Queer Places:
Webber Douglas Academy of Dramatic Art, 30 Clareville St, Kensington, London SW7 5AP, UK
The Albany, Albany Court Yard, Mayfair, London W1J, Regno Unito

Terence Henry Stamp (born 22 July 1938)[1][2] is an English actor. After training at the Webber Douglas Academy of Dramatic Art in London he started his acting career in 1962. He has appeared in more than 60 films. His performance in the title role of Billy Budd, his film debut, earned him an Academy Award nomination for Best Supporting Actor and a BAFTA nomination for Best Newcomer.

Stamp's other major roles include butterfly collector Freddie Clegg in The Collector, archvillain General Zod in Superman and Superman II, tough guy Wilson in The Limey, Supreme Chancellor Valorum in Star Wars: Episode I – The Phantom Menace, transgender woman Bernadette Bassinger in The Adventures of Priscilla, Queen of the Desert, ghost antagonist Ramsley in The Haunted Mansion, Stick in Elektra, Pekwarsky in Wanted, Siegfried in Get Smart, Terrence Bundley in Yes Man, the Prophet of Truth in Halo 3, Mankar Camoran in The Elder Scrolls IV: Oblivion, and General Ludwig Beck in Valkyrie. He has appeared in two Tim Burton films, Big Eyes (2014) and Miss Peregrine's Home for Peculiar Children (2016).

For his acting, Stamp has won a Golden Globe, a Mystfest, a Cannes Film Festival Award, a Seattle International Film Festival Award, a Satellite Award, and a Silver Bear. Stamp has also had voice work, narrating Jazz Britannia on the BBC, and 1966 – A Nation Remembers on ITV in July 2016 which marked the 50th anniversary of England's 1966 FIFA World Cup victory.

In the 1960s, Stamp shared a house with actor Michael Caine in Wimpole Street, London.[30] before and during their rise to fame.[31] In his autobiography, What's it All About, Caine states that he "still wakes up sweating in the night as he sees Terence agreeing to accept my advice to take the role in Alfie".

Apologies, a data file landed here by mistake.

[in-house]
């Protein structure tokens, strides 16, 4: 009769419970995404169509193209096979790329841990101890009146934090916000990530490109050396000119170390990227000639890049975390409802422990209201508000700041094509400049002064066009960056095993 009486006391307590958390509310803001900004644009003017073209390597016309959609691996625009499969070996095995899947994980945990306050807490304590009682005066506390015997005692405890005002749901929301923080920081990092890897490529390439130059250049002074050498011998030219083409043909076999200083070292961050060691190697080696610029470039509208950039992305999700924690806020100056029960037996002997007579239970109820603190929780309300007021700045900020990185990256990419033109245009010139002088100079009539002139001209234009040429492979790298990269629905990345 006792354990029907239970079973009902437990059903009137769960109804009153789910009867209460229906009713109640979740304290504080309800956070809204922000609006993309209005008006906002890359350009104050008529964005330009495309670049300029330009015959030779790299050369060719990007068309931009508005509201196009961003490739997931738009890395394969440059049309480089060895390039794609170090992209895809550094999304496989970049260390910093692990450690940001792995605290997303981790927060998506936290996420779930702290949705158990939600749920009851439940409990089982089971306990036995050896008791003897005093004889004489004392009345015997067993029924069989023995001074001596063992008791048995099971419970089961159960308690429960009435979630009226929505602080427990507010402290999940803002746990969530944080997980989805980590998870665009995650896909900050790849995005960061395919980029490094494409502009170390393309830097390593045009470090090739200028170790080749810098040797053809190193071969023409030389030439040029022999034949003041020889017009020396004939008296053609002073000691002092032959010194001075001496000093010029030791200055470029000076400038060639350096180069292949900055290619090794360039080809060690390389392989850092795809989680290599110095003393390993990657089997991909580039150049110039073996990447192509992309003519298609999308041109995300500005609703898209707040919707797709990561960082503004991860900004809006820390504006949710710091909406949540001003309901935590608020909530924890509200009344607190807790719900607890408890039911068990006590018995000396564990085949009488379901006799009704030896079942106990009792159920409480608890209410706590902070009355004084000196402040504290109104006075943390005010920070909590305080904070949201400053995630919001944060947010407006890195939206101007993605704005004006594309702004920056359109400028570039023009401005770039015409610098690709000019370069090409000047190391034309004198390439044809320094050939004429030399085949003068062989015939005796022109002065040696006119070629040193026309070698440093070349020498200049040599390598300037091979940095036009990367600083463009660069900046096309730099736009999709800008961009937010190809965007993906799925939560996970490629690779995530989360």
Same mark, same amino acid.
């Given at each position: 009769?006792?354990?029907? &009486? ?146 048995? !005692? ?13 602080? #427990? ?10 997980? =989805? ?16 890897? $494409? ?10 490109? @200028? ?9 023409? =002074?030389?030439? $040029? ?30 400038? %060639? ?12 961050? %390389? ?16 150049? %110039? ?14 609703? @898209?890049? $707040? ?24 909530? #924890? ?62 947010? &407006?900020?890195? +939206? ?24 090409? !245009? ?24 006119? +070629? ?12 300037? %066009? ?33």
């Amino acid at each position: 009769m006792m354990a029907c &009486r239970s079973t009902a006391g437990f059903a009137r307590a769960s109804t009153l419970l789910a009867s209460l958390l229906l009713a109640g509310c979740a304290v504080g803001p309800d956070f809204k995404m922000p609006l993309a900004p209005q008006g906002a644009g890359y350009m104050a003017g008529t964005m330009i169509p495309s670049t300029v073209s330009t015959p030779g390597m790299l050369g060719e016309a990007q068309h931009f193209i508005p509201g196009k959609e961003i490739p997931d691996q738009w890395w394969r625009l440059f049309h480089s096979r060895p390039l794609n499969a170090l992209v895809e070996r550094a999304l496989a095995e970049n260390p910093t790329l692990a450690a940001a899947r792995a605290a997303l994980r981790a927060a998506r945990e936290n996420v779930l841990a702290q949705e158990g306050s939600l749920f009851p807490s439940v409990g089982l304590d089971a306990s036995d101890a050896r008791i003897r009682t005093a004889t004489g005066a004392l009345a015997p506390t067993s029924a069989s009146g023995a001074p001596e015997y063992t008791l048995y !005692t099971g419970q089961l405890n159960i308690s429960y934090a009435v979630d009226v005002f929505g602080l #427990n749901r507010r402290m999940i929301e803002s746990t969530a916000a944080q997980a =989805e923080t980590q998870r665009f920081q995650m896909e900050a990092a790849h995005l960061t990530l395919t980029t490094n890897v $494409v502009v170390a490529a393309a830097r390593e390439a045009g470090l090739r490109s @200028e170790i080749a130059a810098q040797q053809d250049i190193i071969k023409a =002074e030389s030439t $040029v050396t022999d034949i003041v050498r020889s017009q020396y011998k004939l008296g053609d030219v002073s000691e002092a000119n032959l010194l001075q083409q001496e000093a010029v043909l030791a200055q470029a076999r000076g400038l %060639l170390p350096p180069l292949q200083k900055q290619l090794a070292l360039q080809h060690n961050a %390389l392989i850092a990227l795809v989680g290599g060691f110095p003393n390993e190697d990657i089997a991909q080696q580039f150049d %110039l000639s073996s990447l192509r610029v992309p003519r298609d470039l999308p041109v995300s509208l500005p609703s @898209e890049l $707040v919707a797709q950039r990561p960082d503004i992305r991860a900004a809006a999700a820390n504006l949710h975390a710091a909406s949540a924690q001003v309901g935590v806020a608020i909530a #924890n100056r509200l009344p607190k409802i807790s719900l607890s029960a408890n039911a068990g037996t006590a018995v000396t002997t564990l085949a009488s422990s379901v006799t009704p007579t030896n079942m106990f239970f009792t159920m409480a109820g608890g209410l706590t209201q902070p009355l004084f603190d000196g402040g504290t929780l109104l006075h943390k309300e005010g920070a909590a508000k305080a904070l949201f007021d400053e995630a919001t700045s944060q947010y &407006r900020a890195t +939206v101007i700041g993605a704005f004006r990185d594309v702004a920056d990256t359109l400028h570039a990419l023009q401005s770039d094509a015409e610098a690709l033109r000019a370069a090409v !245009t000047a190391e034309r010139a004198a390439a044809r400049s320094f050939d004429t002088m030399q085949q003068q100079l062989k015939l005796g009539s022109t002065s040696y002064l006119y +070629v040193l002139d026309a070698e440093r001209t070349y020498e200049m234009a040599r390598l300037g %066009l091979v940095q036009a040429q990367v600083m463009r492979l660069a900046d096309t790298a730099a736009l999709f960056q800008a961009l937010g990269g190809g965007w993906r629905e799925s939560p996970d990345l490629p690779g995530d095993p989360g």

Stamp received extensive media coverage of his romances in the 1960s with film star Julie Christie and supermodel Jean Shrimpton. He and Shrimpton were one of the most-photographed couples of Mod London. It was after Shrimpton ended her relationship with Stamp that he moved to India, spending time in Pune at the ashram of Bhagwan Shree Rajneesh, meditating and studying his teachings, and dropping out from society for several years.[32][33][34]

Stamp's brother Chris became a rock music impresario credited with helping to bring The Who to prominence during the 1960s and co-founding Track Records.

In 1984, English band The Smiths released their third single, "What Difference Does It Make?". The single cover was a photograph taken on the set of the film The Collector (but not depicted in the actual film). Originally, Stamp refused permission for the still to be used, and some pressings featured lead singer Morrissey in a re-enacted scene. In the re-enactment Morrissey is holding a glass of milk, as opposed to a chloroform pad in the original. Eventually, however, Stamp changed his mind, and the original cover was reinstated.

On New Year's Eve 2002, Stamp married for the first time at age 64. His 29-year-old bride was Elizabeth O'Rourke, whom Stamp first met in the mid-1990s at a pharmacy in Bondi, New South Wales. A Eurasian of Australian and Indian-Singaporean parentage, O'Rourke was brought up in Singapore before moving to Australia in her early twenties to study pharmacology. The couple divorced on the grounds of his "unreasonable behaviour" in April 2008.[35]


  1. https://en.wikipedia.org/queerplaces/images/Terence_Stamp